“Frank Bowling: Mappa Mundi” presents a comprehensive overview of rare and never-before exhibited large-scale paintings along with other works by the Guyanese-born British painter Frank Bowling. Born in Bartica, British Guyana, in 1934, Bowling left his native country at the age of 19, arriving in London in 1953 as part of the momentous wave of Anglophone West Indian and Caribbean populations who migrated to England in the aftermath of World War II. Later he would go on to study painting at The Slade School, University College London, and Royal College of Art, distinguishing himself with the silver medal for painting (David Hockney received the gold medal) in RCA’s 1962 graduating class.
The principal anchor of this exhibition is the monumental and celebrated “map paintings” (1967–1971) that were first shown to acclaim at the Whitney Museum of American Art in 1971. For Bowling, whose art is preoccupied with place and history, like those of his Caribbean contemporaries, the poet Derek Walcott and philosopher Edouard Glissant, the use of maps as conceptual objects of painting make for a fitting transactional trope through which to tackle the idea of geography and narrative. Maps and mapping present not only an exploratory metaphor through which to mirror the physical weight of painting; they also project absorbing, metaphysical, and protean domains.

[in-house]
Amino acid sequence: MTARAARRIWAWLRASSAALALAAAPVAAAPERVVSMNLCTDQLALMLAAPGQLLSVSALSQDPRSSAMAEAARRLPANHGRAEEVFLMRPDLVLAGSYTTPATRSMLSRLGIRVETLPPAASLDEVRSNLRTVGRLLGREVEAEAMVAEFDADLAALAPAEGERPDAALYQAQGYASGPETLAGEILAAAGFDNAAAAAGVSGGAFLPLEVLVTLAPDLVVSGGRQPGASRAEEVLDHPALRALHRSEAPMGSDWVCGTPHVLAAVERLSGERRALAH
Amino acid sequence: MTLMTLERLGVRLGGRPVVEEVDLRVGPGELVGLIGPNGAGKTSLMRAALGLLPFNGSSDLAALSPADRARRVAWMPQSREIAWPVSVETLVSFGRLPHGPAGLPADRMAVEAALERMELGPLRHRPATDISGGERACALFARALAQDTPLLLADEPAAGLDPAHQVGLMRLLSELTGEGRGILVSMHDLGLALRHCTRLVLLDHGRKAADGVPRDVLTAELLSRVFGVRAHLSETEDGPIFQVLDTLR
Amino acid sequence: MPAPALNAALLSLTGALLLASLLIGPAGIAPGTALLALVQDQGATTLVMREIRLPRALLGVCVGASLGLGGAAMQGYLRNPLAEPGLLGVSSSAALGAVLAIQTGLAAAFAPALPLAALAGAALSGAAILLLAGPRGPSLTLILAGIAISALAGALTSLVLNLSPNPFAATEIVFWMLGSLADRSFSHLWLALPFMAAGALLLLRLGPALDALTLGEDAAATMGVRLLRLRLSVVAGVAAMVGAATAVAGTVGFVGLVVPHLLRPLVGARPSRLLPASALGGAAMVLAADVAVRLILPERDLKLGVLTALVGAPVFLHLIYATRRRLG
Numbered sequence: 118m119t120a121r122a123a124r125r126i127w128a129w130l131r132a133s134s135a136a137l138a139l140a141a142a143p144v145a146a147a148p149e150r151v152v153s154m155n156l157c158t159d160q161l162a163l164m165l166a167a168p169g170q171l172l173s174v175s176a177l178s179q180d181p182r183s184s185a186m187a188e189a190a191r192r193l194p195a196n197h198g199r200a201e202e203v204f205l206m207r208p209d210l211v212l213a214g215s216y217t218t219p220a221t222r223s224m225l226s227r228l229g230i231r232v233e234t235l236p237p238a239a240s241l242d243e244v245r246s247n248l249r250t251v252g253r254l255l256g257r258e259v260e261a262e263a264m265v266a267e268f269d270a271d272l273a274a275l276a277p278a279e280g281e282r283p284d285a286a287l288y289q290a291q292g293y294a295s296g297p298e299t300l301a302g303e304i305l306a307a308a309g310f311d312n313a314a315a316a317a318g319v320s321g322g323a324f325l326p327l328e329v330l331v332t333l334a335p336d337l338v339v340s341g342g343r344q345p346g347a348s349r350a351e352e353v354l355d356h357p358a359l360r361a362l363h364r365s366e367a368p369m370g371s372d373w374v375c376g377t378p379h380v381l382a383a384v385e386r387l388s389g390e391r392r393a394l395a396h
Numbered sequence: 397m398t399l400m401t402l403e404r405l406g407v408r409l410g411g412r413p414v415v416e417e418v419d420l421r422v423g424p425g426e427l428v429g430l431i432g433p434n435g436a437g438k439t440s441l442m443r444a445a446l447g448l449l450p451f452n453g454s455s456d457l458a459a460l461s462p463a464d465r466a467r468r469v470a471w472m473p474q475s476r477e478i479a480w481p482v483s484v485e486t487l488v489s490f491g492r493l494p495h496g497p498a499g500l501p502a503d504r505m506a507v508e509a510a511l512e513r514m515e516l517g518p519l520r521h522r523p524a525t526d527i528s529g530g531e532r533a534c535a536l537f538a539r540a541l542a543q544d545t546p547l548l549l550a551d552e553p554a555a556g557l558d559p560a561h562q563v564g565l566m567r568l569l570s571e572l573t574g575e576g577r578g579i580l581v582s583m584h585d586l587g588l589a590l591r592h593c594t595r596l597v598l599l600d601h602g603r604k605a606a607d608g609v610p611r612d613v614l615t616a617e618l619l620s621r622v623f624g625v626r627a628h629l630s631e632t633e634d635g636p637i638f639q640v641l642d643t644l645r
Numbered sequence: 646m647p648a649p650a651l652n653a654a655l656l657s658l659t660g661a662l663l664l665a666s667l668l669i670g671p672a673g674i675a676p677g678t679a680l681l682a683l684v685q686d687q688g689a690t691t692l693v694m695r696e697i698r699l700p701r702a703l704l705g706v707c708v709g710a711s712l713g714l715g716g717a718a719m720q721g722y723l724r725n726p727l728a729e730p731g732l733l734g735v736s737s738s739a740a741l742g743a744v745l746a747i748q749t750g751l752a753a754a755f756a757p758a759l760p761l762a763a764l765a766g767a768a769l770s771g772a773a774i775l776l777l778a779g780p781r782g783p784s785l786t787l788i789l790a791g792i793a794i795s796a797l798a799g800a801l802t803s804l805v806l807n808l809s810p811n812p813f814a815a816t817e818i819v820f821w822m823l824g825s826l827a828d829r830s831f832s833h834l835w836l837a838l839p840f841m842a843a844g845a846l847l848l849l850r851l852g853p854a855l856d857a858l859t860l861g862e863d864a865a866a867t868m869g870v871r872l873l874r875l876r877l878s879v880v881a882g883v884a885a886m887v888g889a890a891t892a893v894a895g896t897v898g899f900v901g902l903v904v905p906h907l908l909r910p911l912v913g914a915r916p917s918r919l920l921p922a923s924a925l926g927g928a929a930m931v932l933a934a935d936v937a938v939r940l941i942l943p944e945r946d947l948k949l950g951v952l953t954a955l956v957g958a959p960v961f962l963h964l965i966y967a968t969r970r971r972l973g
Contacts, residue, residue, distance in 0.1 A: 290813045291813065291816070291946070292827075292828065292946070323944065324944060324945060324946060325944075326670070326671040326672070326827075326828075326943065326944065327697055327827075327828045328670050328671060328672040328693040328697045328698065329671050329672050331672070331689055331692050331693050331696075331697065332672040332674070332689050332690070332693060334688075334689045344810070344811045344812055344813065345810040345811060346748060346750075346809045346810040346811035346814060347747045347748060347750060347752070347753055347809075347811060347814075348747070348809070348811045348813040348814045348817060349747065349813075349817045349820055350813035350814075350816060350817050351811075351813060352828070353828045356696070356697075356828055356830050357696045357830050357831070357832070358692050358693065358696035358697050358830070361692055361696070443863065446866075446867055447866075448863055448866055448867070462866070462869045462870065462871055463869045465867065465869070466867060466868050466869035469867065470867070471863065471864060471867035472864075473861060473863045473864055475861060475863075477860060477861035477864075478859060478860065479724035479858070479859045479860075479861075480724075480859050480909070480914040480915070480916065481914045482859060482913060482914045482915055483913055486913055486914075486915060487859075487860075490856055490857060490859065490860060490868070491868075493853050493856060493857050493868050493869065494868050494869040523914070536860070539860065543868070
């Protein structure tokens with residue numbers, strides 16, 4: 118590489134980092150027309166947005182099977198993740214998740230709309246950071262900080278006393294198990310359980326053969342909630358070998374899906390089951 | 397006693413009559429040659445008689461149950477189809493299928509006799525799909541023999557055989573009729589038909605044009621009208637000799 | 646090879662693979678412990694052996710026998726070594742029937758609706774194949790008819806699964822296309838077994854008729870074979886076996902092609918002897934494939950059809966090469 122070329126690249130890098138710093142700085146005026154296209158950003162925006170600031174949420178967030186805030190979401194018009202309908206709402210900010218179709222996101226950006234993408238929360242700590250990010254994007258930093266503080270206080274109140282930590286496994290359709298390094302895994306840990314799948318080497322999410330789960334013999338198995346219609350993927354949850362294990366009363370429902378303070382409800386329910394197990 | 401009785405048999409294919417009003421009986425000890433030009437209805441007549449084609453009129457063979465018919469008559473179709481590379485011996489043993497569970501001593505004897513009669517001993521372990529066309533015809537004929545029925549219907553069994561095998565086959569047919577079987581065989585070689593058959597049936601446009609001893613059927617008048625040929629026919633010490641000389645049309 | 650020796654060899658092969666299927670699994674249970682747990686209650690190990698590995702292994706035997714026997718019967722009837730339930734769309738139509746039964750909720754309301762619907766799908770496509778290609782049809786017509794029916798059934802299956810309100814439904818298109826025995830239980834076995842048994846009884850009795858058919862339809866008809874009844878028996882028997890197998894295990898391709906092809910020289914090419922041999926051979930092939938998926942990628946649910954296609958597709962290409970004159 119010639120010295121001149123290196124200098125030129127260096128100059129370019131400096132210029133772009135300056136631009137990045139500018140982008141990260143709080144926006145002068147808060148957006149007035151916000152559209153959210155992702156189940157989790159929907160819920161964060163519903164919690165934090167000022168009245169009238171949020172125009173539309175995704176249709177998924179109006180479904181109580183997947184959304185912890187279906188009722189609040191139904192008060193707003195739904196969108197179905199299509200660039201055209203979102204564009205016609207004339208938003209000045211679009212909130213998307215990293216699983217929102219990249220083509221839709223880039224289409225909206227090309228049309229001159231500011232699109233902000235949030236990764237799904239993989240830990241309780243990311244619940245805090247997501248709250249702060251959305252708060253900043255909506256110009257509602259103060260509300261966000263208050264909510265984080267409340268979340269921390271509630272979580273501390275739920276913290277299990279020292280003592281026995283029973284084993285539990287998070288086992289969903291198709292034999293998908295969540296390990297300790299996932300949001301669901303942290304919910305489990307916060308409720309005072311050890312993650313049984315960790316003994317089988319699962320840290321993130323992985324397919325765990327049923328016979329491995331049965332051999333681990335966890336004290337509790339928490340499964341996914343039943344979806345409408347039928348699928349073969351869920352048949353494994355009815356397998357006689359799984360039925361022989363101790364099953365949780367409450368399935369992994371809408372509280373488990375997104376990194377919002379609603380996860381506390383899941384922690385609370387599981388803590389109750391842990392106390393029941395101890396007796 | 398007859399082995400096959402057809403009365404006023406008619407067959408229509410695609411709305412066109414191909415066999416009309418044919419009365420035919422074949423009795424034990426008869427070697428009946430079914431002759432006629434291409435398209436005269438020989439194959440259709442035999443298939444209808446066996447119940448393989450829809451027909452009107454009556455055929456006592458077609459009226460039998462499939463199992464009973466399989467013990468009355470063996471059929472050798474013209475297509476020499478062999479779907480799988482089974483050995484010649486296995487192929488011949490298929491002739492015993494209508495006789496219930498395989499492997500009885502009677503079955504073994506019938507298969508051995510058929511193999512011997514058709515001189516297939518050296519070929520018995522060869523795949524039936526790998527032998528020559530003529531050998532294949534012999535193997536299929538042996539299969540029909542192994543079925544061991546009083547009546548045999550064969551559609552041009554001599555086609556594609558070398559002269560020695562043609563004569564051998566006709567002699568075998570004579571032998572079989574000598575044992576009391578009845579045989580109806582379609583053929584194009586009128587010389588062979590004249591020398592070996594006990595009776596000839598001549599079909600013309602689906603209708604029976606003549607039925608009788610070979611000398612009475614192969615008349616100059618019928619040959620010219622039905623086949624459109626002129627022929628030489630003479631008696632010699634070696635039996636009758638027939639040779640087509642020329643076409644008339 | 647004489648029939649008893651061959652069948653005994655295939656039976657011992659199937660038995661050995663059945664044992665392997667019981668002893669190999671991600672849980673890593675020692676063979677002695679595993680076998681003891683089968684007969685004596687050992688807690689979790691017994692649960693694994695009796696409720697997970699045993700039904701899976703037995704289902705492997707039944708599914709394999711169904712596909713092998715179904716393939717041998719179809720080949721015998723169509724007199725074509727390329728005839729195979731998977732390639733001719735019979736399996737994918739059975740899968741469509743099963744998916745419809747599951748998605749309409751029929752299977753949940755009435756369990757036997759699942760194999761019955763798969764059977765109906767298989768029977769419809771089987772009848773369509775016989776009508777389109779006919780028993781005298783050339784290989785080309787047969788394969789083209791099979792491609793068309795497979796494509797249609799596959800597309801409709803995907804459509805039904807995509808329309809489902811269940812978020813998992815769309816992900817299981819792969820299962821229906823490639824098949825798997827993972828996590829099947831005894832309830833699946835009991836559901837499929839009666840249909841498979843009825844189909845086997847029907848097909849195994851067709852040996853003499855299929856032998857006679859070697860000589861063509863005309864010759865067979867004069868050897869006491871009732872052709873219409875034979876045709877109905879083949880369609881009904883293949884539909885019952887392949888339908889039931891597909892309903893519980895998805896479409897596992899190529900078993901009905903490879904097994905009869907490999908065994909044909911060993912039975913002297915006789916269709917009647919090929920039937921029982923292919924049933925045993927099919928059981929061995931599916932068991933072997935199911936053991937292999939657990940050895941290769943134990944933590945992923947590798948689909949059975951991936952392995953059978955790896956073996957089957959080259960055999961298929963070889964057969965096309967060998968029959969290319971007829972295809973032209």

Standing before the imposing presence of Bowling’s immense, delicately worked, and tactile paintings – with their mists of muted colors, scumbled fiery substrates, and volcanic surfaces – is to be emplaced; to be simultaneously grounded in a vast oceanic presence and anthropocentric field in which the beholder is able to generate new meanings of landscape and space. References to the natural world evoke reflections on the vernacular and the post-industrial, the mythical and the classical, the literary and the spatial. These references echo and limn imagery from the marsh flats of colonial Bartica in British Guyana, where he was born and raised, to the terrifying undertow of the Caribbean sea that he sailed to escape the claustrophobia of island existence; from the ancient shores of River Thames, where he found a home and hearth in London (the capital of empire), to the gritty, unforgiving urban miscellany of New York, where he honed his artistic voice.
“Mappa Mundi” is thus an appropriate term to describe the absorptive presence of Bowling’s monumental paintings. As when first made, today these paintings remain unparalleled pictures of astonishing physical power and stunning visual drama. Rarely has the experience of painting conveyed the feeling of such plenitude and mystery, of being both submerged and enveloped, swept away and invaginated; of being in one’s own body and out of this world.
“Frank Bowling: Mappa Mundi” is curated by Okwui Enwezor with Anna Schneider and organized by Haus der Kunst.
Haus der Kunst Prinzregentenstraße 1 80538 München